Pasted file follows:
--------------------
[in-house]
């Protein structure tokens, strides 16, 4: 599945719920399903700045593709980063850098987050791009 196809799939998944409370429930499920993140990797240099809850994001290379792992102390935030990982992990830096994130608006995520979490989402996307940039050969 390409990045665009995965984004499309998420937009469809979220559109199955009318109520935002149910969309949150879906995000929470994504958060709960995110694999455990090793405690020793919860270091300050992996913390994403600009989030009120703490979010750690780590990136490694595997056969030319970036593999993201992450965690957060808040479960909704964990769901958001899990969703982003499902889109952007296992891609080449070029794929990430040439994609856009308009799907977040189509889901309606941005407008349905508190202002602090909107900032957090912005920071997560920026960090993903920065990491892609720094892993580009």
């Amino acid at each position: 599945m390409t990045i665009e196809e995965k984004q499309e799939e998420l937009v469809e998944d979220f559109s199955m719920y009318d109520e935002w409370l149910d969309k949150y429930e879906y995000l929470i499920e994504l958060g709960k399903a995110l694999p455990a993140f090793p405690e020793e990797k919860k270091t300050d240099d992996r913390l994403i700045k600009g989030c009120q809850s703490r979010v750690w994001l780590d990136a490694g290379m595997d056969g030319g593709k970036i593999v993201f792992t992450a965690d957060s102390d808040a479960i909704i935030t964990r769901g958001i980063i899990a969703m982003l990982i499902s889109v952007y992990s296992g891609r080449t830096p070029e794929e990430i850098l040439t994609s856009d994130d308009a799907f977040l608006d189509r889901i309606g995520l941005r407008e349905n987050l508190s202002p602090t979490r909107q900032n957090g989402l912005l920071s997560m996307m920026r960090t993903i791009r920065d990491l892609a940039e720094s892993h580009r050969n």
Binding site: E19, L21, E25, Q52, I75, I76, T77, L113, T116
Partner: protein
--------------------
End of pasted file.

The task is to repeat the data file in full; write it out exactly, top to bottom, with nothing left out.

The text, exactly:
[in-house]
């Protein structure tokens, strides 16, 4: 599945719920399903700045593709980063850098987050791009 196809799939998944409370429930499920993140990797240099809850994001290379792992102390935030990982992990830096994130608006995520979490989402996307940039050969 390409990045665009995965984004499309998420937009469809979220559109199955009318109520935002149910969309949150879906995000929470994504958060709960995110694999455990090793405690020793919860270091300050992996913390994403600009989030009120703490979010750690780590990136490694595997056969030319970036593999993201992450965690957060808040479960909704964990769901958001899990969703982003499902889109952007296992891609080449070029794929990430040439994609856009308009799907977040189509889901309606941005407008349905508190202002602090909107900032957090912005920071997560920026960090993903920065990491892609720094892993580009």
């Amino acid at each position: 599945m390409t990045i665009e196809e995965k984004q499309e799939e998420l937009v469809e998944d979220f559109s199955m719920y009318d109520e935002w409370l149910d969309k949150y429930e879906y995000l929470i499920e994504l958060g709960k399903a995110l694999p455990a993140f090793p405690e020793e990797k919860k270091t300050d240099d992996r913390l994403i700045k600009g989030c009120q809850s703490r979010v750690w994001l780590d990136a490694g290379m595997d056969g030319g593709k970036i593999v993201f792992t992450a965690d957060s102390d808040a479960i909704i935030t964990r769901g958001i980063i899990a969703m982003l990982i499902s889109v952007y992990s296992g891609r080449t830096p070029e794929e990430i850098l040439t994609s856009d994130d308009a799907f977040l608006d189509r889901i309606g995520l941005r407008e349905n987050l508190s202002p602090t979490r909107q900032n957090g989402l912005l920071s997560m996307m920026r960090t993903i791009r920065d990491l892609a940039e720094s892993h580009r050969n």
Binding site: E19, L21, E25, Q52, I75, I76, T77, L113, T116
Partner: protein